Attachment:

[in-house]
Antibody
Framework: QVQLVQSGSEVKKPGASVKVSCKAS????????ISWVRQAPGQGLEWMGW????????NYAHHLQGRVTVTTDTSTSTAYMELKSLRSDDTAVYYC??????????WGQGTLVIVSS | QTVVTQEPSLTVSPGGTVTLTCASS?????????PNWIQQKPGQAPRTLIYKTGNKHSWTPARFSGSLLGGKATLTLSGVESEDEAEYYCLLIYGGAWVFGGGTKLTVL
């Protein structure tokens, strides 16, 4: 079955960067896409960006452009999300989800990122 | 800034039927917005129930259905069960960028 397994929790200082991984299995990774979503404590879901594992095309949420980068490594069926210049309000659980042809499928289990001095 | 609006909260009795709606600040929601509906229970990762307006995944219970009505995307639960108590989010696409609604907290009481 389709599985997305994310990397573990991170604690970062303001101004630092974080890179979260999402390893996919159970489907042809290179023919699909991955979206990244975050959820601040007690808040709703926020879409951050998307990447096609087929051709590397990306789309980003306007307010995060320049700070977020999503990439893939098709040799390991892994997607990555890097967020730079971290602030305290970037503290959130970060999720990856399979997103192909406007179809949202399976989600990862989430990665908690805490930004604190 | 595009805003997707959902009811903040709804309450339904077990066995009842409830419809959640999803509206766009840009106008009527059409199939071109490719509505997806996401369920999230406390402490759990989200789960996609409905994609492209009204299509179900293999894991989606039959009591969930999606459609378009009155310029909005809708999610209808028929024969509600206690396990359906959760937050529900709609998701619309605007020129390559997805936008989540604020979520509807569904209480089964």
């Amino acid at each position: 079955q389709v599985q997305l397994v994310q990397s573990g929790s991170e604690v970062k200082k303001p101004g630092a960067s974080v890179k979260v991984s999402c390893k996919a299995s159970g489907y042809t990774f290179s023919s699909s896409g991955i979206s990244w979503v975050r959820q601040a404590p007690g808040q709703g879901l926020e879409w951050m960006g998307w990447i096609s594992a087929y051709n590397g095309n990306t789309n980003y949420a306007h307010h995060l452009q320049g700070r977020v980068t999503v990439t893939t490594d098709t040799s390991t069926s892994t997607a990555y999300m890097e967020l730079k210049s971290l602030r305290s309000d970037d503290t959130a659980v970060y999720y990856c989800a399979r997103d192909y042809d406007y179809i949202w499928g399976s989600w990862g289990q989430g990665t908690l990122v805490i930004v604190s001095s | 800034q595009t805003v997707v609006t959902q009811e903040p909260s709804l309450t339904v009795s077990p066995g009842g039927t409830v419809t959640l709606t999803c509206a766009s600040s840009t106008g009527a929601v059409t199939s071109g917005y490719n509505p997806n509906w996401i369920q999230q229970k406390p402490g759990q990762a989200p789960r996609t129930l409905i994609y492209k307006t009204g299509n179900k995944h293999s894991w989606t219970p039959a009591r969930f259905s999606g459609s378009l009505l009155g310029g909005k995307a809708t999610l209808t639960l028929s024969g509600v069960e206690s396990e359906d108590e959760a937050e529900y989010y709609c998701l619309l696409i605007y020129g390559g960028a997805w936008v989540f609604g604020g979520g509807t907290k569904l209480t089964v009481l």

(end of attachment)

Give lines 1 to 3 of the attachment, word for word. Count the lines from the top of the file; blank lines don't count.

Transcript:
[in-house]
Antibody
Framework: QVQLVQSGSEVKKPGASVKVSCKAS????????ISWVRQAPGQGLEWMGW????????NYAHHLQGRVTVTTDTSTSTAYMELKSLRSDDTAVYYC??????????WGQGTLVIVSS | QTVVTQEPSLTVSPGGTVTLTCASS?????????PNWIQQKPGQAPRTLIYKTGNKHSWTPARFSGSLLGGKATLTLSGVESEDEAEYYCLLIYGGAWVFGGGTKLTVL